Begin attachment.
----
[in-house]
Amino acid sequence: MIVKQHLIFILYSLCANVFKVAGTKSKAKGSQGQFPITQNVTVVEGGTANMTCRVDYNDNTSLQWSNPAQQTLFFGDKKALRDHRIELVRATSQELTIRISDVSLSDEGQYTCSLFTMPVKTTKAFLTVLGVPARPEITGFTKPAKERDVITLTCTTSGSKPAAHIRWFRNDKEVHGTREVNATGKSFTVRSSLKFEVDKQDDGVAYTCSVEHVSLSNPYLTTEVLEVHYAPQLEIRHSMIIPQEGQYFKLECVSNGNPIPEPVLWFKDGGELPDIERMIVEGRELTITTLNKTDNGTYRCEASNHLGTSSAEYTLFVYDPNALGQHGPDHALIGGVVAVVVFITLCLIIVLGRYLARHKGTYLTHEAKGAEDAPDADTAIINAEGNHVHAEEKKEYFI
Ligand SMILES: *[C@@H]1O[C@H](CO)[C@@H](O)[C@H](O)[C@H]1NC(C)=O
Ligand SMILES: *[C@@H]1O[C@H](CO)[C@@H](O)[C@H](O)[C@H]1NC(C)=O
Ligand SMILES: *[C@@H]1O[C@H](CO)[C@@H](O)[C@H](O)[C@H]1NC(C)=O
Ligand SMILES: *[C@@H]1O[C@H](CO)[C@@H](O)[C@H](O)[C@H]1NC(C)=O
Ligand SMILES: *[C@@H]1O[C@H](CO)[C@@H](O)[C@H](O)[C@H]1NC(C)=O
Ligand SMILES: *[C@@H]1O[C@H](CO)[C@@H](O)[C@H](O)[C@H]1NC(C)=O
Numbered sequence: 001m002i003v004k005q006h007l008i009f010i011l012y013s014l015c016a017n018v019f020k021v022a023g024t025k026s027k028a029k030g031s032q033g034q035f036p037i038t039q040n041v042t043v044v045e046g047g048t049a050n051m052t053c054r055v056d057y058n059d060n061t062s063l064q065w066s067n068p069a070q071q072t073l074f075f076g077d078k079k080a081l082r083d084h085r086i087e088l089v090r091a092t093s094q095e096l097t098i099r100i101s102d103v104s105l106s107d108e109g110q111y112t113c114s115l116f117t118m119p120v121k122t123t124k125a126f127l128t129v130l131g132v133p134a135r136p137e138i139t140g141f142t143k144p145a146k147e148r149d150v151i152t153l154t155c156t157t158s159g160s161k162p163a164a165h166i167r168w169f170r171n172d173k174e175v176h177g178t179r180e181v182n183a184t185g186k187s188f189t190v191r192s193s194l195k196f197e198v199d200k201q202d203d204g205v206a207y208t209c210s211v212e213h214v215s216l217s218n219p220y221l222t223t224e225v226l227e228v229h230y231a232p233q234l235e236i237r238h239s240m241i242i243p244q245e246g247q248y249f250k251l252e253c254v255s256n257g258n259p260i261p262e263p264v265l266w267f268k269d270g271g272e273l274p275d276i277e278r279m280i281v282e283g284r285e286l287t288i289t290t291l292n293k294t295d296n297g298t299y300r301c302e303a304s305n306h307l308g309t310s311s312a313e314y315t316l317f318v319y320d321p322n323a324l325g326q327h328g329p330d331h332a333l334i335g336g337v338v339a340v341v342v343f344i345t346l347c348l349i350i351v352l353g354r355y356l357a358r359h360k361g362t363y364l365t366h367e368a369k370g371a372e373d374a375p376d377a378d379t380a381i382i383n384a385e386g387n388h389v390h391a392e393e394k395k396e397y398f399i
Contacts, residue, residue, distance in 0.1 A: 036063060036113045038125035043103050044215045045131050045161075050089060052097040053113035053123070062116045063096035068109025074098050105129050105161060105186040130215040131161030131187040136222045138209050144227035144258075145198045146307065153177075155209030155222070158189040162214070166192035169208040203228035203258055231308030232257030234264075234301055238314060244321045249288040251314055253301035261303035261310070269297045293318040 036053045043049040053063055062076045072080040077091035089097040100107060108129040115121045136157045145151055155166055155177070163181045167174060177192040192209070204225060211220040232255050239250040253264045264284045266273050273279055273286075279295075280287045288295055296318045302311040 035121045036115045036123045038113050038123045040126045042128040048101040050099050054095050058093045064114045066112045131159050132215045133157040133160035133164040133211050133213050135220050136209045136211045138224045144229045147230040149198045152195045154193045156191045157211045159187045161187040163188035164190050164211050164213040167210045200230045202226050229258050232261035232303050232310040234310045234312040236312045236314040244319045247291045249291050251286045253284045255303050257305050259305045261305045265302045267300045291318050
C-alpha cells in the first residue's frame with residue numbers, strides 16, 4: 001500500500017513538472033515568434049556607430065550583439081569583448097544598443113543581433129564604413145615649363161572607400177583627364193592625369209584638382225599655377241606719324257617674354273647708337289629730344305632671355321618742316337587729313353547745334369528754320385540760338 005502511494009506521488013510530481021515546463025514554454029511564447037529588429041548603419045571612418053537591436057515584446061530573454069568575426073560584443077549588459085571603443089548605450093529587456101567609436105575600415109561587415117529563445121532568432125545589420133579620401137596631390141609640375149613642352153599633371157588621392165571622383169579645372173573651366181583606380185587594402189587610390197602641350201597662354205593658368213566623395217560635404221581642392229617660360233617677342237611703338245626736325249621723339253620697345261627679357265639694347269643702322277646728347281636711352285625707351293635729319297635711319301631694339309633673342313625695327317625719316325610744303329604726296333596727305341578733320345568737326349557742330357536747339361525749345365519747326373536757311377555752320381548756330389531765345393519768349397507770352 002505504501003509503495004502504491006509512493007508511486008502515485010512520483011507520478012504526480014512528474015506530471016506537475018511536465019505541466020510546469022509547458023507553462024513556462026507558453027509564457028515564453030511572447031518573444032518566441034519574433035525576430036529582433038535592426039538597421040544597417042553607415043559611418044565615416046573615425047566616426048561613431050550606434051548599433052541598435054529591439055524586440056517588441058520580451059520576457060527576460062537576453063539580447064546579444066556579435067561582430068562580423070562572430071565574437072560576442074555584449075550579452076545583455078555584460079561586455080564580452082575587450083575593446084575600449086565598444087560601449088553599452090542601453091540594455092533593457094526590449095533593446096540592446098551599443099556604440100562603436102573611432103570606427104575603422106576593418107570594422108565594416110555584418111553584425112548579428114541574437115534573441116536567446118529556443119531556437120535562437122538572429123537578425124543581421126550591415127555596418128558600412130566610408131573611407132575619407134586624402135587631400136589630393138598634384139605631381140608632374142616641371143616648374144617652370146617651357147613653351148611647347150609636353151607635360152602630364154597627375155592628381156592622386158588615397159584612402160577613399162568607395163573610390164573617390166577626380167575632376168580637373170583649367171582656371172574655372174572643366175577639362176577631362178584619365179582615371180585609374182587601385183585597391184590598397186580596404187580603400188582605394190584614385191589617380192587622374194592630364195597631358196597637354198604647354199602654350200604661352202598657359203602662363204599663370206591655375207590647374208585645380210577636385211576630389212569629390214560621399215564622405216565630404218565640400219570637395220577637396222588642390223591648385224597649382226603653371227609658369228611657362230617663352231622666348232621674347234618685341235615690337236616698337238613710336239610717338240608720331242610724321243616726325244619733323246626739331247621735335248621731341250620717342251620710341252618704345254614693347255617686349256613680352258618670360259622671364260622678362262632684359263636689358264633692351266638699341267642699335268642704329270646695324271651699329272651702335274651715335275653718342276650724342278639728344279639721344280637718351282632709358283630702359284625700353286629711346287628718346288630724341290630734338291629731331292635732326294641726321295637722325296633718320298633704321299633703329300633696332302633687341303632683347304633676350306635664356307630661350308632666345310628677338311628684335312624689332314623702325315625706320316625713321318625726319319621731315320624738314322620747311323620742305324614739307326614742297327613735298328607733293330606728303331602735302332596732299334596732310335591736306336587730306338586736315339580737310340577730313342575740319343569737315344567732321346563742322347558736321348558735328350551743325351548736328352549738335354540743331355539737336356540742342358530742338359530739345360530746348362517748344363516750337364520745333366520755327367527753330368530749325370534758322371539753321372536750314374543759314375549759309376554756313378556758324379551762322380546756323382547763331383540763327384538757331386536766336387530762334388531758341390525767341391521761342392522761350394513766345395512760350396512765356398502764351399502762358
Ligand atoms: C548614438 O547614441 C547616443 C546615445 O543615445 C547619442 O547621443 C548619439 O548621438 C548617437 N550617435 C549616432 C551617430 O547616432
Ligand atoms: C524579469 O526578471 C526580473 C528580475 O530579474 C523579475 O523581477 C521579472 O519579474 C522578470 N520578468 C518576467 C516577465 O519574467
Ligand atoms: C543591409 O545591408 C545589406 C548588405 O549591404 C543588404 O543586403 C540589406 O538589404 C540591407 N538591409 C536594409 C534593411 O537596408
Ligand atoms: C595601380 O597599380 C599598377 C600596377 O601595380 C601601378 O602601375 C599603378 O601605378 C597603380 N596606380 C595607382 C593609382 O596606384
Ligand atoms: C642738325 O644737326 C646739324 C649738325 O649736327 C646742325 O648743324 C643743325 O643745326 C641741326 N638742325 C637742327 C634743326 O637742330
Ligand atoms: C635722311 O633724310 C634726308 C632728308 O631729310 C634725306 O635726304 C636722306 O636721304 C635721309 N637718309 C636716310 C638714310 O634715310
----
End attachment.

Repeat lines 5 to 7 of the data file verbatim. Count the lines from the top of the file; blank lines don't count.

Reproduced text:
Ligand SMILES: *[C@@H]1O[C@H](CO)[C@@H](O)[C@H](O)[C@H]1NC(C)=O
Ligand SMILES: *[C@@H]1O[C@H](CO)[C@@H](O)[C@H](O)[C@H]1NC(C)=O
Ligand SMILES: *[C@@H]1O[C@H](CO)[C@@H](O)[C@H](O)[C@H]1NC(C)=O